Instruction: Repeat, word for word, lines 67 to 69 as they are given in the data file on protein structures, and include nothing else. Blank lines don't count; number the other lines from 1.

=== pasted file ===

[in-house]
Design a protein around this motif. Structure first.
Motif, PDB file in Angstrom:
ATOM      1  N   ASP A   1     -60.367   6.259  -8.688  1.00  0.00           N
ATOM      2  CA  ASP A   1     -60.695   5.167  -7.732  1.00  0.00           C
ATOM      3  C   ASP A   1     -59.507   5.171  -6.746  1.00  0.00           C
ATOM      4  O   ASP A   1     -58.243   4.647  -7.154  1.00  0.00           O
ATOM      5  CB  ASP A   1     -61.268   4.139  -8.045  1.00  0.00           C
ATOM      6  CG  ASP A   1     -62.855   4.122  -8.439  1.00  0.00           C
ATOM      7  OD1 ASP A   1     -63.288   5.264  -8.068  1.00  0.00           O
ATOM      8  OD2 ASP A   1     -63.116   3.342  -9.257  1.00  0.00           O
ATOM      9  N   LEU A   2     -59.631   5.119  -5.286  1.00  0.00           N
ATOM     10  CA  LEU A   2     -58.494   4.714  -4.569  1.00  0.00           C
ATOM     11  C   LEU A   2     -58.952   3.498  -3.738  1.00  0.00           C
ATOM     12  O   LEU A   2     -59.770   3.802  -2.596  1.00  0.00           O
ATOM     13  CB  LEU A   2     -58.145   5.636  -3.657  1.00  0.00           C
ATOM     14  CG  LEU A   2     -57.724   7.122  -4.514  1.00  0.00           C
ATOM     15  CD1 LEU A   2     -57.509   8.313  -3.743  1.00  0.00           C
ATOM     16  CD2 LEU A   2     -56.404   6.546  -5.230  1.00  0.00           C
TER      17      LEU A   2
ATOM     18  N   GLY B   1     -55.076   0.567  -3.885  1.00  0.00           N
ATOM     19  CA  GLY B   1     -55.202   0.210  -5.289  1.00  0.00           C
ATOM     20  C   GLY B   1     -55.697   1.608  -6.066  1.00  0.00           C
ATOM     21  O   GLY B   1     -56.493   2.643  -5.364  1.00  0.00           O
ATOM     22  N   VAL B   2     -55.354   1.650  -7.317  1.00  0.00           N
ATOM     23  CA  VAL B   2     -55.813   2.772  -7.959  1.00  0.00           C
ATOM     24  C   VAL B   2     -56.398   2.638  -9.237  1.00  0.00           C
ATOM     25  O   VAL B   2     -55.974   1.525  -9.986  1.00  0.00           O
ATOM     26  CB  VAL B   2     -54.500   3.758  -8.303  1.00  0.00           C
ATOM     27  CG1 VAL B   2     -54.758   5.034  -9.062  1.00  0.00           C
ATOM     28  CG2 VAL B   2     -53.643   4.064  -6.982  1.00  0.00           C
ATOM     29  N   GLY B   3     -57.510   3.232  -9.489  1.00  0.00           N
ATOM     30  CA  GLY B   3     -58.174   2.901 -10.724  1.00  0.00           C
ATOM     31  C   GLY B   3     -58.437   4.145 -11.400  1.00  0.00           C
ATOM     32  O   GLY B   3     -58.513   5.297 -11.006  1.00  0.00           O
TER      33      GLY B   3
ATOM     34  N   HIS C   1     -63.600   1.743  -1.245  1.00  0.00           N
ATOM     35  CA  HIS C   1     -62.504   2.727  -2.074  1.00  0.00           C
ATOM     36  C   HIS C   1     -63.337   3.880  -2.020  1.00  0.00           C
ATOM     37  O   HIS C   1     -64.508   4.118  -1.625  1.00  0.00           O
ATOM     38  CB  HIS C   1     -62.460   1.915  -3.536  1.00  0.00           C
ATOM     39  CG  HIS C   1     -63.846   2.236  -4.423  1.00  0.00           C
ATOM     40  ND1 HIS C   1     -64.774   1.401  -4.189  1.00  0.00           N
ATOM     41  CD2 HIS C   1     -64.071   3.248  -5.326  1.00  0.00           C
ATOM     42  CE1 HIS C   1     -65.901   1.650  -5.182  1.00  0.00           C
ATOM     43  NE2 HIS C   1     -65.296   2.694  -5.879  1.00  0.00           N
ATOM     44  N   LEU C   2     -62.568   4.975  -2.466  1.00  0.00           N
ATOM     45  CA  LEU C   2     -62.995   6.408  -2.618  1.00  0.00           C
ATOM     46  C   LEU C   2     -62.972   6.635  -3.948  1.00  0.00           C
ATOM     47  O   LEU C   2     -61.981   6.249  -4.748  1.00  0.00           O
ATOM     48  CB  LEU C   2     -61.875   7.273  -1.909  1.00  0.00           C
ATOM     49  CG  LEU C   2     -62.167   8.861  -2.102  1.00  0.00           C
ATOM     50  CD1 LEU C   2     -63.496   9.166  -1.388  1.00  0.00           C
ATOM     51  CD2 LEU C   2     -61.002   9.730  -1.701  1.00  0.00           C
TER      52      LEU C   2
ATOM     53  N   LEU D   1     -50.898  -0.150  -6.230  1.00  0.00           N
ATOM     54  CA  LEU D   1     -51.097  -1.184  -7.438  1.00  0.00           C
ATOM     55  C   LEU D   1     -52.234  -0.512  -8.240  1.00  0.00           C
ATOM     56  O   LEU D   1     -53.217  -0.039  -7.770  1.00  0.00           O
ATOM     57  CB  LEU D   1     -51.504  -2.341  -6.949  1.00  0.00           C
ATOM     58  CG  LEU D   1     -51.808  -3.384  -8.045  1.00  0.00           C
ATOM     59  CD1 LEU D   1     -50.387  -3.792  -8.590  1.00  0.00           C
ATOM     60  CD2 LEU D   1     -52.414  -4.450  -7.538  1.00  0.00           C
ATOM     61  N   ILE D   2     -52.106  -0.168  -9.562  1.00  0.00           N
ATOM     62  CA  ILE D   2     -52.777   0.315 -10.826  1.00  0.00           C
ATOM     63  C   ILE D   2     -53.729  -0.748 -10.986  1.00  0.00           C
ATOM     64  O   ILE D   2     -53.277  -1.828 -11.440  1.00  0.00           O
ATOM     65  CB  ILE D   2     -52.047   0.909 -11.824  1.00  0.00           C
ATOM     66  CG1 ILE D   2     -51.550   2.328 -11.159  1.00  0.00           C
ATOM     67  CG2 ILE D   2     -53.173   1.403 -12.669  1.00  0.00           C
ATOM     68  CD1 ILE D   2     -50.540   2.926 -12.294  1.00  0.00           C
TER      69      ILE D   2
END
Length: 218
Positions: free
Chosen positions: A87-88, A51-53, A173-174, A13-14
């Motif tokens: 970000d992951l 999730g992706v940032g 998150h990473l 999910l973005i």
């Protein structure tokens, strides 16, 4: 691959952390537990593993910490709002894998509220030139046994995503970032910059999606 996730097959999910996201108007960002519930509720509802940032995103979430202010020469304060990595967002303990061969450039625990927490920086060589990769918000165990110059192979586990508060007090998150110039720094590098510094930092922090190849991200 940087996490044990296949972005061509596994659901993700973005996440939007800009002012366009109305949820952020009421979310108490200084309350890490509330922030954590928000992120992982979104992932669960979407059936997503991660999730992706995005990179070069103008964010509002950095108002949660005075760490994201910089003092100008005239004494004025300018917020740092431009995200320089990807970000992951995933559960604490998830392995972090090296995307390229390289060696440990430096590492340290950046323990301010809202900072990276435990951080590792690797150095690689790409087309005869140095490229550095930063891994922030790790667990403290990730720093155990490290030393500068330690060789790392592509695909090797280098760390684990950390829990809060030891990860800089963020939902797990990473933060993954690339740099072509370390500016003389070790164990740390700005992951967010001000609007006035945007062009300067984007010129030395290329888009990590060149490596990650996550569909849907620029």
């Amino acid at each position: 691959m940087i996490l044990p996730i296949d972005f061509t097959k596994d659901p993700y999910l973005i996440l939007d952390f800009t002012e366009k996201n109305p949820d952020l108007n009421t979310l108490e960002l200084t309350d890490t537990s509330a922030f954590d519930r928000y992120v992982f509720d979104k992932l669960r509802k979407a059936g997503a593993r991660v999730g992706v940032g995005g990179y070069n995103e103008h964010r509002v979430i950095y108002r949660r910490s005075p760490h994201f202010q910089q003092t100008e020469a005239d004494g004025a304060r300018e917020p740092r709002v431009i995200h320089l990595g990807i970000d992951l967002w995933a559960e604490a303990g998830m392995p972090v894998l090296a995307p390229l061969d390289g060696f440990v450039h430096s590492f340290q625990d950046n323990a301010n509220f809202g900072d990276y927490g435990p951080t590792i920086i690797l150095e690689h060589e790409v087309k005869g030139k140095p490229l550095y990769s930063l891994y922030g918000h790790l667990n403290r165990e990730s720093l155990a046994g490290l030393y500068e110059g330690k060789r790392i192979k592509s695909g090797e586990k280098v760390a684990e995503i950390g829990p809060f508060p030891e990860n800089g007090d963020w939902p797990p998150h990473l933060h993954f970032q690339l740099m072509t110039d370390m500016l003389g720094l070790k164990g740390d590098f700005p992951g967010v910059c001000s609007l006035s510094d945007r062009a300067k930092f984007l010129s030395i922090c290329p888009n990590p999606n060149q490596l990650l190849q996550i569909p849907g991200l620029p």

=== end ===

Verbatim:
ATOM     64  O   ILE D   2     -53.277  -1.828 -11.440  1.00  0.00           O
ATOM     65  CB  ILE D   2     -52.047   0.909 -11.824  1.00  0.00           C
ATOM     66  CG1 ILE D   2     -51.550   2.328 -11.159  1.00  0.00           C